“All too often the story around UK fishing is one of doom and gloom,” explains Gus Caslake, the regional manager for Seafish Southwest, which supports the UK’s seafood industry. “But Cornish sardines are a good news story. Stocks are thriving thanks to a careful programme of scientific monitoring and sustainable management, and everyone in the fleet is committed to protecting this resource for future generations. Forget cod and haddock. In my opinion, we should all be eating more sardines!”

As a pelagic fish, Cornish sardines grow quickly, growing to maturity in just three years. The main season runs from July to March, when the fish return from spawning out in the Atlantic. In winter, as water temperatures cool, they cluster together in  shoals, making them easier to catch, but rarely moving far out into deep water. Since they prefer to stay in shallow inlets and bays, most Cornish sardines are caught within a mile or two of the shore, meaning that they can only be fished by small inshore boats rather than large factory trawlers.

It’s a model example of low-impact, small-scale, sustainable fishing. Each boat is capable of taking a maximum of thirty tonnes of fish per night, compared to a pelagic trawler’s potential haul of a thousand tonnes or more. Amazingly, the majority of Cornwall’s sardines are on their way to the customer within just a few hours of being caught. The fishermen have even formed their own steering group, the Cornish Sardine Management Association, to ensure best fishing practice across the industry. Their strategy is clearly working: according to the Marine Stewardship Council (MSC), Cornish sardines are classed as one of the UK’s most sustainable fish, one of only two species to be awarded (along with Cornish hake) the MSC’s coveted blue label for sustainability.

“Sustainability is everything for us,” Peter says, his yellow overalls glinting with silvery fish scales. “Of course we all need to make a living, but we’re only scratching the surface in terms of the stock. Our main concern is to make sure there’s a future for this industry. Everything we do is geared around that.”

Across the bay, on the deck of the Resolute, James Roberts and his crew have just completed their second haul of the night. It’s another decent catch: three tonnes, bringing their evening’s haul to the target of ten. As the fish disappear down into the hold, James brews up some tea on a battered old camp-stove, just as the first sliver of sunrise pinks the horizon, lighting up the craggy shape of St Michael’s Mount.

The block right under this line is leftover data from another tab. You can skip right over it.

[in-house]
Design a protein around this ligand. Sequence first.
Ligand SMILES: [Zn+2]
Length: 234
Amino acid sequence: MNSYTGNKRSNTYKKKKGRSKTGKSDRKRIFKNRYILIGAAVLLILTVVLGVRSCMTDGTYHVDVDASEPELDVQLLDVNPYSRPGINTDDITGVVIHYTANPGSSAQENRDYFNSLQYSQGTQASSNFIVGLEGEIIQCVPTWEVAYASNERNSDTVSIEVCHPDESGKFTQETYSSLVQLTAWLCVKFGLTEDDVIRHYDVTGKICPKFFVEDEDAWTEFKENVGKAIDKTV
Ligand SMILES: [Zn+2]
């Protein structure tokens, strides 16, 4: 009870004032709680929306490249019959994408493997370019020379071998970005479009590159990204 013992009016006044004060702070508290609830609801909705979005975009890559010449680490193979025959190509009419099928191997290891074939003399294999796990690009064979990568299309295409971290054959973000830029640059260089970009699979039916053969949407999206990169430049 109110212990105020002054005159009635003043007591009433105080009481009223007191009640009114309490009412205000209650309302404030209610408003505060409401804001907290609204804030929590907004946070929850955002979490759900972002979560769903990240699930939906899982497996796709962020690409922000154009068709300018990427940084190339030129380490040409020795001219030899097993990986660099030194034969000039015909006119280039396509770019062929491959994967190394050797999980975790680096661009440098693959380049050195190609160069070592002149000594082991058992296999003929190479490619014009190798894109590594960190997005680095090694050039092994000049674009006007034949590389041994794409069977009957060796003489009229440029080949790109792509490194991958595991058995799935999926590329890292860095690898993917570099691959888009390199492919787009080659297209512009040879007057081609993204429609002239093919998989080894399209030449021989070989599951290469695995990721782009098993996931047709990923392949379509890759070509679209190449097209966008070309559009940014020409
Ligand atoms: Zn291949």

“Fishing’s in my blood, I guess,” he says, steering his boat back through the gap of Newlyn’s granite-walled harbour. Now in his early thirties, James is one of the fleet’s youngest skippers, but he’s already been fishing for more than a decade, having served as a deckhand for several years before finally being given the chance to skipper his own boat.

“My great grand-dad was a sardine fisherman – sorry, pilchard fisherman, he’d tell me off for saying that! I got hooked on it aged eight or nine I suppose, when my second cousin took me out, and after that I always knew it’s what I wanted to do. For me, there’s something about being out on the water, in the elements, being part of this tradition that’s been part of Cornwall for so long.” He looks up at Newlyn’s old fish market, fresh from its recent multi-million pound revamp, and the tight-packed warren of fishermen’s cottages clustered over the steep hillside beyond.

“Down here in Newlyn, fishing is more than just a job,” he says. “It’s a way of life.”


Pilchard or sardine?

Officially, according to the UK’s Sea Fish Industry Authority, sardines are simply young pilchards; any fish under 15cm in length is classed as a sardine, while any fish over that is classed as a pilchard. But in most fishmongers and supermarkets, the catch-all term of ‘Cornish sardines’ is used – although it’s more a branding exercise than a scientific classification.